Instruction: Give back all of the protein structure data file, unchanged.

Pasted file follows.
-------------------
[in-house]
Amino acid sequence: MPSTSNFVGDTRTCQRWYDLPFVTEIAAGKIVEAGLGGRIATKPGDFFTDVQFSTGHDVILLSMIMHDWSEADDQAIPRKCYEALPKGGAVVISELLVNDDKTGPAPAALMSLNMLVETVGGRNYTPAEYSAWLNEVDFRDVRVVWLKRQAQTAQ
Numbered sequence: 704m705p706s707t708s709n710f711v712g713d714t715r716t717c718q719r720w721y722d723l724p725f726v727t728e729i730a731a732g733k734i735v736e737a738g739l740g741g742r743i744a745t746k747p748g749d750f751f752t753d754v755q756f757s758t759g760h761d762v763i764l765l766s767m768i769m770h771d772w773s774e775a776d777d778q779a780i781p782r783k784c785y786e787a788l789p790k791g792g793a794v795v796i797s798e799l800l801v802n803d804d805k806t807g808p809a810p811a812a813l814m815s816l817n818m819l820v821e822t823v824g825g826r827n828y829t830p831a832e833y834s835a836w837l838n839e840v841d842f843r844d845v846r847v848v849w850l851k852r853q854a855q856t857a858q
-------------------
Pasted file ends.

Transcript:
[in-house]
Amino acid sequence: MPSTSNFVGDTRTCQRWYDLPFVTEIAAGKIVEAGLGGRIATKPGDFFTDVQFSTGHDVILLSMIMHDWSEADDQAIPRKCYEALPKGGAVVISELLVNDDKTGPAPAALMSLNMLVETVGGRNYTPAEYSAWLNEVDFRDVRVVWLKRQAQTAQ
Numbered sequence: 704m705p706s707t708s709n710f711v712g713d714t715r716t717c718q719r720w721y722d723l724p725f726v727t728e729i730a731a732g733k734i735v736e737a738g739l740g741g742r743i744a745t746k747p748g749d750f751f752t753d754v755q756f757s758t759g760h761d762v763i764l765l766s767m768i769m770h771d772w773s774e775a776d777d778q779a780i781p782r783k784c785y786e787a788l789p790k791g792g793a794v795v796i797s798e799l800l801v802n803d804d805k806t807g808p809a810p811a812a813l814m815s816l817n818m819l820v821e822t823v824g825g826r827n828y829t830p831a832e833y834s835a836w837l838n839e840v841d842f843r844d845v846r847v848v849w850l851k852r853q854a855q856t857a858q